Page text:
Posted on Feb 01, 2024Read on

Attention Space

No one has time for that. Attention is limited. In real life, at least.

But digital life is another matter.

Multi-tasking in the digital realm isn’t multi-tasking as we have typically known it; it’s more like focusing on multiple different things each in their own way, click by click.

Click by click.

It’s hard to convey how much more is possible, click by click.

But it’s true.

Anyone in the crypto space understands this. Making money on the internet with friends is, in my opinion, the best meme on the internet. It highlights the best of what folks should be focusing on while living in the digital: your friends.

Instead though, most folks seem to want to pursue solitary modes of interacting digitally. Surfing the web. Email. Shit, blog posting even.

That’s skeuomorphic living in the digital realm. And irl living is so lonely. But everyone does it, especially when they first first transition from living a predominately irl life to living primarily digitally.

Paradoxically though, after living digitally for a period of time, any thinking person quickly realizes that they can work digitally in a way that fulfills all expected obligations, and that also leaves a significant amount of “extra” space for other things.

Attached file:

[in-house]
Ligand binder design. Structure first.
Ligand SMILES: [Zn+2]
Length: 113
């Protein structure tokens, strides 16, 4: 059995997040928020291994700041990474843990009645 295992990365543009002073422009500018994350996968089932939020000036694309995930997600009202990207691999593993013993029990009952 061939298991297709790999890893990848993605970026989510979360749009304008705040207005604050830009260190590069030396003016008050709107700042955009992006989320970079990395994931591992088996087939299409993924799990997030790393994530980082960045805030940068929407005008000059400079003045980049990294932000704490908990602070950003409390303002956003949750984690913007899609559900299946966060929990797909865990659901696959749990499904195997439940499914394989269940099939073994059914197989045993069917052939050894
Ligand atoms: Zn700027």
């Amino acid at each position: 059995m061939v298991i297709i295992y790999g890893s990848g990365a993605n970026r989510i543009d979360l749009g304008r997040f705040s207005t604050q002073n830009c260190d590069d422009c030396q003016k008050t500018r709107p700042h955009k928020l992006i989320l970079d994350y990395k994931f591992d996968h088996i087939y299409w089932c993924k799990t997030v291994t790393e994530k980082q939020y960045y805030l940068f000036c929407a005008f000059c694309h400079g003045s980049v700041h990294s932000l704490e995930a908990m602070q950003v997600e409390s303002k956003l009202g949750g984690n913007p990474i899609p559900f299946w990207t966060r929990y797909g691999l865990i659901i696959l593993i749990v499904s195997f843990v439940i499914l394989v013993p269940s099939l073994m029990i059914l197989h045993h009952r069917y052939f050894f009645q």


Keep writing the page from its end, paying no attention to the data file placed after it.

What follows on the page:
This extra space is what I really want to touch on.

Extra digital space isn’t like free time irl. Free time irl is something that’s occupied with some thing or no thing.

In the digital realm, however, extra space can by occupied by multiple disparate things, potentially.

Extra digital space is built different.

Attention space is another way to describe this sort of extra digital space. Attention space is as wide as we want to allow it to be based on the amount of things we are able to split focus on.

StreakPoints is an evolutionary global game that only asks Streakers to check back in once - literally a couple seconds maximum - a day. It’s a game you can do while doing many, many other things.

Surprisingly though, very few products have optimized themselves such that they can be done alongside multiple other digital actions. But the possibility always remains.

And that’s pretty much all I have to say on this subject. Much more can be said, but honestly, I fully expect to see other digitally native human beings living multifarious digital lives in a way that inspires others to live multi-dimensional lives very soon.


Cover image: Silent Conversations #45/46 by Thomas Stokes III

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